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One of the benefits of using the Athena Framework is testing is considered a first class citizen. Both the framework and the components themselves provides testing utilities to help ensure your code is working as expected.


At the core is the Athena::Spec component, with ASPEC::TestCase being the primary type. ASPEC::TestCase provides an alternative DSL for creating tests compliant with the stdlib's Spec module.


ASPEC::TestCase is NOT a standalone testing framework, but is fully intended to be mixed with standard describe, it, and/or pending blocks depending on which approach makes the most sense for what is being tested.

The primary benefit of this approach is that logic is more easily shared/reused as compared to the normal block based approach. I.e. a component can provide a base test case type that can be inherited from, a few methods implemented, and tada. For example, AVD::Spec::ConstraintValidatorTestCase.

struct ExampleSpec < ASPEC::TestCase
  def test_add : Nil
    (1 + 2).should eq 3


The ASPEC::TestCase::DataProvider and ASPEC::TestCase::TestWith annotations can make testing similar code with different inputs super easy!

Testing Services#

Testing a type/service is best done in isolation, using mocked versions of its dependencies to ensure that specific type is working as expected. In most cases this can be as simple as defining a private class that includes/implements an interface along with additional inputs for asserting it was called as expected. In other cases, the related component may provide these out of the box, such as:

Checkout the Spec namespace of each component in the API Reference for more examples.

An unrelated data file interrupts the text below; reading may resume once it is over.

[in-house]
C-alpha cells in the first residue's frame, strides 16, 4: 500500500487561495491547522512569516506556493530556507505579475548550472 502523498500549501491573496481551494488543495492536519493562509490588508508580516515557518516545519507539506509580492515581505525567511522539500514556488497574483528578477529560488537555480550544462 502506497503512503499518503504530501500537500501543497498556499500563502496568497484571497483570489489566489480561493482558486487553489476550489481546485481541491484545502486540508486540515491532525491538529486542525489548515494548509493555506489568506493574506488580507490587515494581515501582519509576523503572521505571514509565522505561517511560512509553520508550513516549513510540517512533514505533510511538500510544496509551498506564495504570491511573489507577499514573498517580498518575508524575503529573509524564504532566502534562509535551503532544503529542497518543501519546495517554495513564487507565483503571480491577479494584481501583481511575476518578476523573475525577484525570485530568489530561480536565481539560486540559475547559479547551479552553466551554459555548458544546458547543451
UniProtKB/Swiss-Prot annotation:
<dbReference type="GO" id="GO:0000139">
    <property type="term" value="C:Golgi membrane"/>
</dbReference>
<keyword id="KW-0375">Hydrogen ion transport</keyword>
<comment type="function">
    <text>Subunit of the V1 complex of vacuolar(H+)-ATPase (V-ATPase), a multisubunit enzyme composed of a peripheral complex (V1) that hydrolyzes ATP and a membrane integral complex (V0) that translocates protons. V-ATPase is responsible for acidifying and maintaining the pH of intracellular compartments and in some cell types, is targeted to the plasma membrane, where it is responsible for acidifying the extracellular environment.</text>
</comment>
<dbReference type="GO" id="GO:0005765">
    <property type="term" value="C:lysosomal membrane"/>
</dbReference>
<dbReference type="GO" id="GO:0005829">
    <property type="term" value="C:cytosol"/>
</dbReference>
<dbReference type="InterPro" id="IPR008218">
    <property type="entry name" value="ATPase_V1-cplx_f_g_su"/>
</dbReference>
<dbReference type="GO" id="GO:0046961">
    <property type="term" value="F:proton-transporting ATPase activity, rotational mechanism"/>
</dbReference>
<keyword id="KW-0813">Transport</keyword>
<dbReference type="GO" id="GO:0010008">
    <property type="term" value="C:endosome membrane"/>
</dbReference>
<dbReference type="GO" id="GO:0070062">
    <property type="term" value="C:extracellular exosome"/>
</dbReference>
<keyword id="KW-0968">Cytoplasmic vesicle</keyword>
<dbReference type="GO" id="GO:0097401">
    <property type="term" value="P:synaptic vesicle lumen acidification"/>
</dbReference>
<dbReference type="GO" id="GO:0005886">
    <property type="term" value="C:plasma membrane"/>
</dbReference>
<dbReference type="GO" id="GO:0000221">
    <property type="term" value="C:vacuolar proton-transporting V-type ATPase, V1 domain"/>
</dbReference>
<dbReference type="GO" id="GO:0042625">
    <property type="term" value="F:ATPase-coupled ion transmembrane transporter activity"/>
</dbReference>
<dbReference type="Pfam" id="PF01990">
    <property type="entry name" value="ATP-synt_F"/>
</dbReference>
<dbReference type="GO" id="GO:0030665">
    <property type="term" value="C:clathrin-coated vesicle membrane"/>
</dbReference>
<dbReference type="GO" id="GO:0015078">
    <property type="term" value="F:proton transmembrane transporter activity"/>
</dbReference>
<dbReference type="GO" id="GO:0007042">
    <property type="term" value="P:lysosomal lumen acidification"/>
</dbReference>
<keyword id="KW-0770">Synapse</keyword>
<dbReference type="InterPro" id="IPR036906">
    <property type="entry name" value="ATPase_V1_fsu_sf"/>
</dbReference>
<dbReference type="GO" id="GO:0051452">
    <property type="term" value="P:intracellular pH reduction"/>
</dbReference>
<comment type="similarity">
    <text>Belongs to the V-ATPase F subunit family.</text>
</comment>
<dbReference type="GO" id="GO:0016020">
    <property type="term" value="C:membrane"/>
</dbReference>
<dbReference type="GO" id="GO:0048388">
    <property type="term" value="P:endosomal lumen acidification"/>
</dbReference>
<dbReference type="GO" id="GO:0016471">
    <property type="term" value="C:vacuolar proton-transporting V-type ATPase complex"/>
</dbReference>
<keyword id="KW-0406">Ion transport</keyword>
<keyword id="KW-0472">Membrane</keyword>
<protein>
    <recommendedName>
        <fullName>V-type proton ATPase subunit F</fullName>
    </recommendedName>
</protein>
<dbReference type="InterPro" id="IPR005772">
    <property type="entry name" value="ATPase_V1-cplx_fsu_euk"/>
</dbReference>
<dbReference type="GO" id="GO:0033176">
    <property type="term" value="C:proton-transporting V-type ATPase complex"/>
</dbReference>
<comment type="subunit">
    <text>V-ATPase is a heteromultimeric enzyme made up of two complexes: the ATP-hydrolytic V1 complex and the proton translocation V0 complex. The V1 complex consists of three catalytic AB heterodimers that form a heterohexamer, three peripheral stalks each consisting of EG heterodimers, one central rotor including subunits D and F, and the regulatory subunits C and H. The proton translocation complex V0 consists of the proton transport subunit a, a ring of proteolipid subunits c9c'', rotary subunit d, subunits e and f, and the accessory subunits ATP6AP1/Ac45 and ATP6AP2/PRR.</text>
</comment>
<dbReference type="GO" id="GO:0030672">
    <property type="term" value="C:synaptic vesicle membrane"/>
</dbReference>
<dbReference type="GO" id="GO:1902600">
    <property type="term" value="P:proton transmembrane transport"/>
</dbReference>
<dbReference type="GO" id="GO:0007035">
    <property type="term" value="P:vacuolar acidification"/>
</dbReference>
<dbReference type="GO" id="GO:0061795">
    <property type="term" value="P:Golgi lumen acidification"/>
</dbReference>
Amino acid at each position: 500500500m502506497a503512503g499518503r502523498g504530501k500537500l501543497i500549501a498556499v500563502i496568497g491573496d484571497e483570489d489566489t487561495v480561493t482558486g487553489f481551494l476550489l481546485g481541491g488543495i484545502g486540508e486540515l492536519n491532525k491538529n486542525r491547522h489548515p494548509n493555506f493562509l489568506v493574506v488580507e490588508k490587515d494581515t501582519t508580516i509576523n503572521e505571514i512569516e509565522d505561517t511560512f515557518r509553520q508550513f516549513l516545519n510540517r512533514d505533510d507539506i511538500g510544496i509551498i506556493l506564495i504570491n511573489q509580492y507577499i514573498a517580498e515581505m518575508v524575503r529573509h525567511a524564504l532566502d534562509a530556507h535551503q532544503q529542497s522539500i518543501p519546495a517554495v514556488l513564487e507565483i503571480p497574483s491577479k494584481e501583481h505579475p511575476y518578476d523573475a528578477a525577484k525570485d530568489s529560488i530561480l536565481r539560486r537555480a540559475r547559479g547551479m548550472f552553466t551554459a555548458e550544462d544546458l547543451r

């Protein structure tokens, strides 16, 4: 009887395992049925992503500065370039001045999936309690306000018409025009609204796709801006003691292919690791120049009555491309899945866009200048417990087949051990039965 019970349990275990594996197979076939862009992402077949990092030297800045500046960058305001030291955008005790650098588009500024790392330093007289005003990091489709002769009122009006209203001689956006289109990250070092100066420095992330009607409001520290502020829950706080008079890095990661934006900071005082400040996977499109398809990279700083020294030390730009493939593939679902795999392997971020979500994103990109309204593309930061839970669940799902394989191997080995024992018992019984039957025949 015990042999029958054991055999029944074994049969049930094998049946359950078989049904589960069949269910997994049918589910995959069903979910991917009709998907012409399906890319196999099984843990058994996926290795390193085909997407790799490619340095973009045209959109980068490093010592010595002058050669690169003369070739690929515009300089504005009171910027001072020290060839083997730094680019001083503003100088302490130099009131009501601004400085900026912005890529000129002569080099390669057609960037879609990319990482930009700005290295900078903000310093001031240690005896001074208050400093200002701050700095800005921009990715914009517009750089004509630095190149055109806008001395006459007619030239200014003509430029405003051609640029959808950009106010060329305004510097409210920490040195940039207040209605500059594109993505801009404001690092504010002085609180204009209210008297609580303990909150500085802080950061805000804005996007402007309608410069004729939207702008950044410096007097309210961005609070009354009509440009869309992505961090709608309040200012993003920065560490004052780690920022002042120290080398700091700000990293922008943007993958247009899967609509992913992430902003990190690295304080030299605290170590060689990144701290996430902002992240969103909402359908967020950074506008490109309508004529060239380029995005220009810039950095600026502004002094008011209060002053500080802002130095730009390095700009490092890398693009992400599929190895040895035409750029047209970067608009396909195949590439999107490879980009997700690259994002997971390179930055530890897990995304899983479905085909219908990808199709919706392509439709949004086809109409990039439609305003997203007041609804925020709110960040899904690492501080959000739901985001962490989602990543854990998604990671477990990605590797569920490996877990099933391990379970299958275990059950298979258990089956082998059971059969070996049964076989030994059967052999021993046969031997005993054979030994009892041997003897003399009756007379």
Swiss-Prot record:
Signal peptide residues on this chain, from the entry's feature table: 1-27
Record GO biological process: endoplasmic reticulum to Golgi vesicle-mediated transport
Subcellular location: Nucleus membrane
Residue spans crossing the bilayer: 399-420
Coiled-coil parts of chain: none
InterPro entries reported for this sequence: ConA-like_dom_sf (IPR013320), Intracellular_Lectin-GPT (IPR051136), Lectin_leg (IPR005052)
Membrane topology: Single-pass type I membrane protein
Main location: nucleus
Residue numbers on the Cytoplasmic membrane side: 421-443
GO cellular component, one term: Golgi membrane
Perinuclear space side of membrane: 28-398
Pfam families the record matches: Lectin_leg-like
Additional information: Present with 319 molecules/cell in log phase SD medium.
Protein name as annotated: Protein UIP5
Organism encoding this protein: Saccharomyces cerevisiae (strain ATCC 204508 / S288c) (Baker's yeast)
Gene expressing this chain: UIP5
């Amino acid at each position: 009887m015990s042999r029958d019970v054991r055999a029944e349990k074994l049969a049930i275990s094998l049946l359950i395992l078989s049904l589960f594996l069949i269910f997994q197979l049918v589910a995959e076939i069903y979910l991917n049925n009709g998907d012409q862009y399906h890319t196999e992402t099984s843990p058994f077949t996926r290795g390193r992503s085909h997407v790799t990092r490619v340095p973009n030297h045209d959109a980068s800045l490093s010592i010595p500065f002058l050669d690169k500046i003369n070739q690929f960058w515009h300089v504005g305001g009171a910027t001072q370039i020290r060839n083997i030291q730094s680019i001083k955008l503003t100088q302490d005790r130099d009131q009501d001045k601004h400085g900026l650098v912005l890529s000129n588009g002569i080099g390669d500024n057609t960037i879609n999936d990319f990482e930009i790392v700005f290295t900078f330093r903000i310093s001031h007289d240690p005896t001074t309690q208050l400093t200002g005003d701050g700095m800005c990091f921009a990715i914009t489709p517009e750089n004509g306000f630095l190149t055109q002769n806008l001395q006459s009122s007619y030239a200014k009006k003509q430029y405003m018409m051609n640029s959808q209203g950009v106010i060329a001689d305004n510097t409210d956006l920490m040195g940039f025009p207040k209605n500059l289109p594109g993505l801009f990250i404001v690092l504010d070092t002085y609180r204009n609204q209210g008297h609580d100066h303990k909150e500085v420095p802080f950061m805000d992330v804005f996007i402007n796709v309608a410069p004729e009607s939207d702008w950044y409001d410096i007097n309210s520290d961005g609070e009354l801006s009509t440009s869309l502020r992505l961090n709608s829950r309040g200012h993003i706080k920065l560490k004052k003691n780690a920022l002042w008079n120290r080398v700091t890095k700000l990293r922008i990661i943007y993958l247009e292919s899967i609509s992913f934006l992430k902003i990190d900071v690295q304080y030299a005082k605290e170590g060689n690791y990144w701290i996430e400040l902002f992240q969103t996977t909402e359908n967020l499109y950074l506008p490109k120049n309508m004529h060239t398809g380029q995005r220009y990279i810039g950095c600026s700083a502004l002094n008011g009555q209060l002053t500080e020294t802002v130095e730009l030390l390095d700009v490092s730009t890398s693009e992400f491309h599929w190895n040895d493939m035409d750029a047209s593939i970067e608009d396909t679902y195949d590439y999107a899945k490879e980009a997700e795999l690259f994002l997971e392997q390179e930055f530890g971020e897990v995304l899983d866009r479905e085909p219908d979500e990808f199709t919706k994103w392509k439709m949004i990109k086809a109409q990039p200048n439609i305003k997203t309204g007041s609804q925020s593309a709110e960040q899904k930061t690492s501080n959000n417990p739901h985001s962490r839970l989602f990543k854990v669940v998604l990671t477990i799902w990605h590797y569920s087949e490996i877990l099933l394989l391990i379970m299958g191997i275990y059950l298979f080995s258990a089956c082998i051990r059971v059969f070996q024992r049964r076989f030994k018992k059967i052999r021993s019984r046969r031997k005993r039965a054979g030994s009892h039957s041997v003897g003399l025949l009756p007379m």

Testing Controllers#

While testing a service in isolation is a good starting point; it does not make the most sense for all types of services. A perfect example of this are ATH::Controllers. Controllers are best tested in conjunction with the various moving parts that make them function.

To make this as easy as possible, the framework provides ATH::Spec::APITestCase and provides many helpful HTTP related expectations.

require "athena"
require "athena/spec"

class ExampleController < ATH::Controller
  def add(value1 : Int32, value2 : Int32, negative : Bool = false) : Int32
    sum = value1 + value2
    negative ? -sum : sum

struct ExampleControllerTest < ATH::Spec::APITestCase
  def test_add_positive : Nil
    self.get("/add/5/3").body.should eq "8"

  def test_add_negative : Nil
    self.get("/add/5/3?negative=true").body.should eq "-8"

# Run all test case tests.

Testing Commands#

Similar to controllers, commands also have additional moving parts that need to accounted for when testing. The ACON::Spec::CommandTester type can be used to simplify this:

describe AddCommand do
  describe "#execute" do
    it "without negative option" do
      tester =
      tester.execute value1: 10, value2: 7
      tester.display.should eq "The sum of the values is: 17\n"

    it "with negative option" do
      tester =
      tester.execute value1: -10, value2: 5, "--negative": nil
      tester.display.should eq "The sum of the values is: 5\n"